The 26th meeting between the joint 26-time Grand Slam winners threw up another significant number: 61.
The buildup was longer than the actual match.
Federer's 6-3, 6-0 rout marked their most lopsided head-to-head since the 2008 French Open, when Nadal dropped four games. On that day in Paris, it was Nadal who fed Federer a bagel.
Federer, the defending champion in London, cruised into the semifinals, while Nadal will have to pick himself up in a hurry.
Here are five thoughts from Tuesday's demolition.
Roger did the dictating
More often than not in their past meetings, Federer hasn't been able to deal with Nadal's forehand up high to his backhand.
On Tuesday, it was Federer picking on Nadal's backhand, specifically with the serve on the deuce court. Nadal had no answer.
When Team Nadal said that Federer's serve had to be feared, particularly indoors, it was right. Federer conceded a mere four points behind his first serve.
Federer's serve and forehand combination, when on, is still frightening, and the forehand never wavered. He instinctively hit them up the line, angled them cross court and downright crushed an inside-out forehand in the game that broke Nadal -- likely mentally, too -- to take a 4-2 lead in the first.
"I was able to do what I was hoping to do -- dominate from the baseline, play close to the baseline, serve well, take his time away," Federer said in his news conference. "Hasn't always worked. I felt the power of Rafa in the past, so this is a great match for me, a nice win, clearly."
Federer extended his winning streak to 14 matches. On this form, it'll reach 17.
Not the right move, Rafa
At the Paris Masters and earlier this week, Federer spoke of his scheduling and, more specifically, skipping the Asian swing.
It worked out brilliantly, as Federer won in Basel and Paris, but Federer knew that had he lost early in one or both tournaments, questions would have arisen, like: Why take all that time off?
Hindsight is great.
Hey, Rafa, why did you skip Paris?
"I still believe that was a positive stop for me," Nadal said. "And the world doesn't end in this tournament."
Nadal looked a half-step slow, undercooked and simply unprepared. And here some scribe thought he'd win the tournament.
He was missing balls he usually eats up in his sleep -- ones that stay low on his forehand -- and the zip on the forehand was absent altogether.
Nadal hit his first winner in the eighth game, which tells you how Federer played -- but also the Spaniard.
Something deeper for Rafa
For years Nadal has been known as a warrior, someone who never lacks self-belief on court. His fans, then, must be worried after witnessing Tuesday's performance or, the fans who won't say his performance was down to not being 100 percent. Nadal suffered from an upset stomach against Mardy Fish on the weekend and said before Tuesday's match that his shoulder was bothering him.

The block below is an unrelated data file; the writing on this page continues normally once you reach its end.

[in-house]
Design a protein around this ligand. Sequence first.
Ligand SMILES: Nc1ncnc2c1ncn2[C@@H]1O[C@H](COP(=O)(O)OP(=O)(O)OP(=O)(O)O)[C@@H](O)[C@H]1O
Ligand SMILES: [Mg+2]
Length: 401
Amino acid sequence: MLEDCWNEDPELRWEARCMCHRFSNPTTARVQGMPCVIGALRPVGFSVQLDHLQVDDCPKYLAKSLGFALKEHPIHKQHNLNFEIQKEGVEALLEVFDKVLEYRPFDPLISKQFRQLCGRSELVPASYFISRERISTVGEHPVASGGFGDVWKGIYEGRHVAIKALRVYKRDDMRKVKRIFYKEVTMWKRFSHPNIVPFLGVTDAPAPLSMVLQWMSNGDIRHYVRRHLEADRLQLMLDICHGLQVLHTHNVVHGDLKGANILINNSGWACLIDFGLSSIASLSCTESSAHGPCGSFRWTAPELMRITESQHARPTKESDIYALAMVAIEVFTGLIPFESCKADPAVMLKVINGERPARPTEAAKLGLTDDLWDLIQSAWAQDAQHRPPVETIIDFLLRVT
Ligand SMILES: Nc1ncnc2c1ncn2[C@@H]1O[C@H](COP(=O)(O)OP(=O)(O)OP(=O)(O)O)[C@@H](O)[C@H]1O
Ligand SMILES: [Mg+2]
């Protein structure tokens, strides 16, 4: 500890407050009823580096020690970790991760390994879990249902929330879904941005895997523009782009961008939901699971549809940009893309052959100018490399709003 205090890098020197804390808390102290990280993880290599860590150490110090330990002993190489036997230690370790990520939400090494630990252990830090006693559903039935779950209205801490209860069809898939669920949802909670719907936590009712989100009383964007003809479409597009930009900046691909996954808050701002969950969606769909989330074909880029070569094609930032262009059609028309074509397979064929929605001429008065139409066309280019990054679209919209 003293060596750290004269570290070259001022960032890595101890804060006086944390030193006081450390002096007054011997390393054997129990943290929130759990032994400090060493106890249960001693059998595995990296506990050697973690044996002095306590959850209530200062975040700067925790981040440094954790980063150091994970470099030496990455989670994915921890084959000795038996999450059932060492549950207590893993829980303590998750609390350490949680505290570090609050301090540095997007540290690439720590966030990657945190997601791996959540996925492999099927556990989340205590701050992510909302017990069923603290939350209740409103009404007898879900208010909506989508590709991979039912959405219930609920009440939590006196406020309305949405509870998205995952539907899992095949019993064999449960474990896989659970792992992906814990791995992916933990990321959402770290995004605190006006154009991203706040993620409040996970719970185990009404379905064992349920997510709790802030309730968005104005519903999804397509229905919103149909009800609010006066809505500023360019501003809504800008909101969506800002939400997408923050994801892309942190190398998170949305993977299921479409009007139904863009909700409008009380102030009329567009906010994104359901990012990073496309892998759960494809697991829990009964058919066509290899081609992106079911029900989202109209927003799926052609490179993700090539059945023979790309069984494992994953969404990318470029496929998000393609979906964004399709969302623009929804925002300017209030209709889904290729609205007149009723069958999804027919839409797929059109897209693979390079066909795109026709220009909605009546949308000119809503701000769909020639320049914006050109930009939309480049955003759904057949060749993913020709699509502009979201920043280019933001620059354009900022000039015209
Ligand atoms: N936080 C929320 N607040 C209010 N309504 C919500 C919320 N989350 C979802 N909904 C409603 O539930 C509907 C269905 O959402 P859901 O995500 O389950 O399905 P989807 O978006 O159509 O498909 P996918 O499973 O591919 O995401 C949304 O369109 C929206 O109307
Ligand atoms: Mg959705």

Could it be that all those losses to Novak Djokovic this year have taken a toll on Rafa -- and now when he faces other players?
Nadal is riding losing streaks against Federer, Djokovic and Andy Murray. And don't forget, he was bageled by Murray in Tokyo.
Nadal's tilt with Jo-Wilfried Tsonga on Thursday takes on great importance, and not just because the winner advances to the semis from Group B. Nadal needs a jolt of confidence, if nothing else, for the Davis Cup final.
"It's not the moment to say goodbye," Nadal said. "It's not the moment to go down. It's the moment to keep fighting. I'm still in the tournament. I still have the chance to be in the semifinals.
"I didn't feel bad the ball today, so that's the important thing that I take to the hotel."
Love the mind games
Rafa famously likes to keep the other guy waiting.
Well, it was interesting to observe the prematch dynamic. The tables were turned.
There was a slight delay because Federer thought Nadal was going first in the TV interviews. The Swiss had to be prompted out of his private dressing room.
When Federer was done, instead of loitering in the hallway and waiting for Nadal to pass by -- the usual sequence between players this week -- he returned to the dressing room (revealing, by the way, his security code in the process). Only after Nadal finished his own interview, bringing up the shoulder issue, did Federer emerge.
Come on, Rog, do the Rafa-like sprint to the baseline after the coin toss next.
Who needs the coin toss?
Speaking of the coin toss, what, really, is the point of it when these two play?
Federer prefers to start serving, while Nadal usually always opts to receive. Get on with it already.
And when Federer won the toss, he indeed opted to begin proceedings.
London-based Ravi Ubha covers soccer and tennis for ESPN.com. You can follow him on Twitter.